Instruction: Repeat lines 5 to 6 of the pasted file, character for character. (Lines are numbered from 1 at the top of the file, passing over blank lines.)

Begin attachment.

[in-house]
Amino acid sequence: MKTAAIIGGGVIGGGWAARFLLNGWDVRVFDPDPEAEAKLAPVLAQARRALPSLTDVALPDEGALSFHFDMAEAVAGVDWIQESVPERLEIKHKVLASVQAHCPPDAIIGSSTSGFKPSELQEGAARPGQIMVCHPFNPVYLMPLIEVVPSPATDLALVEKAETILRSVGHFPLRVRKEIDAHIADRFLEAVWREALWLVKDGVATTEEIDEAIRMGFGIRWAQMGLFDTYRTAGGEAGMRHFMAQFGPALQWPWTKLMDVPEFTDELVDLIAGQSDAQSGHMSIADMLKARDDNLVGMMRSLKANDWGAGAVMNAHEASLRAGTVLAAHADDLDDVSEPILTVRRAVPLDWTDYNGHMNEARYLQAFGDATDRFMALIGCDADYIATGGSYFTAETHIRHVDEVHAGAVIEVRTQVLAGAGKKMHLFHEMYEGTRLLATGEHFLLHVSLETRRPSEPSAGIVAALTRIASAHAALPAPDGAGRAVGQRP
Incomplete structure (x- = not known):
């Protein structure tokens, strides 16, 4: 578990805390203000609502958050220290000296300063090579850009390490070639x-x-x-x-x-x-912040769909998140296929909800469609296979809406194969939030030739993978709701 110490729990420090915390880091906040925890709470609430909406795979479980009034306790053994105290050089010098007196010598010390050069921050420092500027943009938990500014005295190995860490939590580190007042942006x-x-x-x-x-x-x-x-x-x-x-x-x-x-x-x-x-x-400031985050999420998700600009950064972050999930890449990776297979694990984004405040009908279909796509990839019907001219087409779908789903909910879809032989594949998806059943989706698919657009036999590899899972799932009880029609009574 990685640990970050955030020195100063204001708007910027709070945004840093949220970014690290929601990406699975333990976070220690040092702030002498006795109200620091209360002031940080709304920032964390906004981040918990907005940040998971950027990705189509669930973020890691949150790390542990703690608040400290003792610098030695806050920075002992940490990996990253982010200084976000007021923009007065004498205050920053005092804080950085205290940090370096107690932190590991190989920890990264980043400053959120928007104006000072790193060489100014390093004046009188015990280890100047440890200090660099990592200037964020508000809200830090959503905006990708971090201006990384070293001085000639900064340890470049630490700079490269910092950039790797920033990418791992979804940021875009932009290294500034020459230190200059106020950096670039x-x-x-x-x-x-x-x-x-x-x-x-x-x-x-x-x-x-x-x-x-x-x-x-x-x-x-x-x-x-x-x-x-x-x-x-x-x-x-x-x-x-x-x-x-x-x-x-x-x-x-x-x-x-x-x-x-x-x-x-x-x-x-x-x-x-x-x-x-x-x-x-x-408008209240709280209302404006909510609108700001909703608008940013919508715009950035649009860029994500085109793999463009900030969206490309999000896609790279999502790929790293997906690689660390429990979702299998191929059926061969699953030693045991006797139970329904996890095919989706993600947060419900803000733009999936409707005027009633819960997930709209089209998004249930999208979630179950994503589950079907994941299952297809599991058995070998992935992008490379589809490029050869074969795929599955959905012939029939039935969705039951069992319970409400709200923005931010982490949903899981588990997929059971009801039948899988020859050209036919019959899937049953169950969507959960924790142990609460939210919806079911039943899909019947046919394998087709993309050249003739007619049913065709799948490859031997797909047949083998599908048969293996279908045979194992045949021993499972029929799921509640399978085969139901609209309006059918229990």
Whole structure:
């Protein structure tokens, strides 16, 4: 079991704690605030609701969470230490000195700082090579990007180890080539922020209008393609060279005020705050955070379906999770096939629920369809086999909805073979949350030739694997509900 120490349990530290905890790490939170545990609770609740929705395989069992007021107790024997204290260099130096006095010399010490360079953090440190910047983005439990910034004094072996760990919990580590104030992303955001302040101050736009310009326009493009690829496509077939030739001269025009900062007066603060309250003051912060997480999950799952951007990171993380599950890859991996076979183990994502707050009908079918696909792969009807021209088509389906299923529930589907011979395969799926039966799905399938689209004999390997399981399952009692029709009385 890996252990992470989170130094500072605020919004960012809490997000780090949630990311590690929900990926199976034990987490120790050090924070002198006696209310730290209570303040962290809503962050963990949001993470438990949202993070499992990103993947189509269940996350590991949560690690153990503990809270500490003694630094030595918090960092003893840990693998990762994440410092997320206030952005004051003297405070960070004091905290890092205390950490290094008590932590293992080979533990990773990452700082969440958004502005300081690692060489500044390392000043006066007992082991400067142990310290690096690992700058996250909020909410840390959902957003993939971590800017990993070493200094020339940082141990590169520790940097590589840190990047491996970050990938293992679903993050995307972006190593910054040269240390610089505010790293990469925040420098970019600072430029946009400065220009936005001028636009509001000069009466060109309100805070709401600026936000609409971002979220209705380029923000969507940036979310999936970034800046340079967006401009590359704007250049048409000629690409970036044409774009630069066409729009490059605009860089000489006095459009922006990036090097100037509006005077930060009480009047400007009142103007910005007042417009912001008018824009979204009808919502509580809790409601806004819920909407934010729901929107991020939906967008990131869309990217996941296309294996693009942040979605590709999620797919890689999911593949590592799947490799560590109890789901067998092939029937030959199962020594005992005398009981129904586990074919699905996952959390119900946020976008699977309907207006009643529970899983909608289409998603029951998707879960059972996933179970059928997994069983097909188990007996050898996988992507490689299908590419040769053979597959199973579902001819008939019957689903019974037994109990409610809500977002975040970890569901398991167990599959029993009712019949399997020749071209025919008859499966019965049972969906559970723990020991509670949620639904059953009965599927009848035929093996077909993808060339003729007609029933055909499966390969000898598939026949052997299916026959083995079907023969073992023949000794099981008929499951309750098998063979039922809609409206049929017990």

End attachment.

Whole structure:
């Protein structure tokens, strides 16, 4: 079991704690605030609701969470230490000195700082090579990007180890080539922020209008393609060279005020705050955070379906999770096939629920369809086999909805073979949350030739694997509900 120490349990530290905890790490939170545990609770609740929705395989069992007021107790024997204290260099130096006095010399010490360079953090440190910047983005439990910034004094072996760990919990580590104030992303955001302040101050736009310009326009493009690829496509077939030739001269025009900062007066603060309250003051912060997480999950799952951007990171993380599950890859991996076979183990994502707050009908079918696909792969009807021209088509389906299923529930589907011979395969799926039966799905399938689209004999390997399981399952009692029709009385 890996252990992470989170130094500072605020919004960012809490997000780090949630990311590690929900990926199976034990987490120790050090924070002198006696209310730290209570303040962290809503962050963990949001993470438990949202993070499992990103993947189509269940996350590991949560690690153990503990809270500490003694630094030595918090960092003893840990693998990762994440410092997320206030952005004051003297405070960070004091905290890092205390950490290094008590932590293992080979533990990773990452700082969440958004502005300081690692060489500044390392000043006066007992082991400067142990310290690096690992700058996250909020909410840390959902957003993939971590800017990993070493200094020339940082141990590169520790940097590589840190990047491996970050990938293992679903993050995307972006190593910054040269240390610089505010790293990469925040420098970019600072430029946009400065220009936005001028636009509001000069009466060109309100805070709401600026936000609409971002979220209705380029923000969507940036979310999936970034800046340079967006401009590359704007250049048409000629690409970036044409774009630069066409729009490059605009860089000489006095459009922006990036090097100037509006005077930060009480009047400007009142103007910005007042417009912001008018824009979204009808919502509580809790409601806004819920909407934010729901929107991020939906967008990131869309990217996941296309294996693009942040979605590709999620797919890689999911593949590592799947490799560590109890789901067998092939029937030959199962020594005992005398009981129904586990074919699905996952959390119900946020976008699977309907207006009643529970899983909608289409998603029951998707879960059972996933179970059928997994069983097909188990007996050898996988992507490689299908590419040769053979597959199973579902001819008939019957689903019974037994109990409610809500977002975040970890569901398991167990599959029993009712019949399997020749071209025919008859499966019965049972969906559970723990020991509670949620639904059953009965599927009848035929093996077909993808060339003729007609029933055909499966390969000898598939026949052997299916026959083995079907023969073992023949000794099981008929499951309750098998063979039922809609409206049929017990």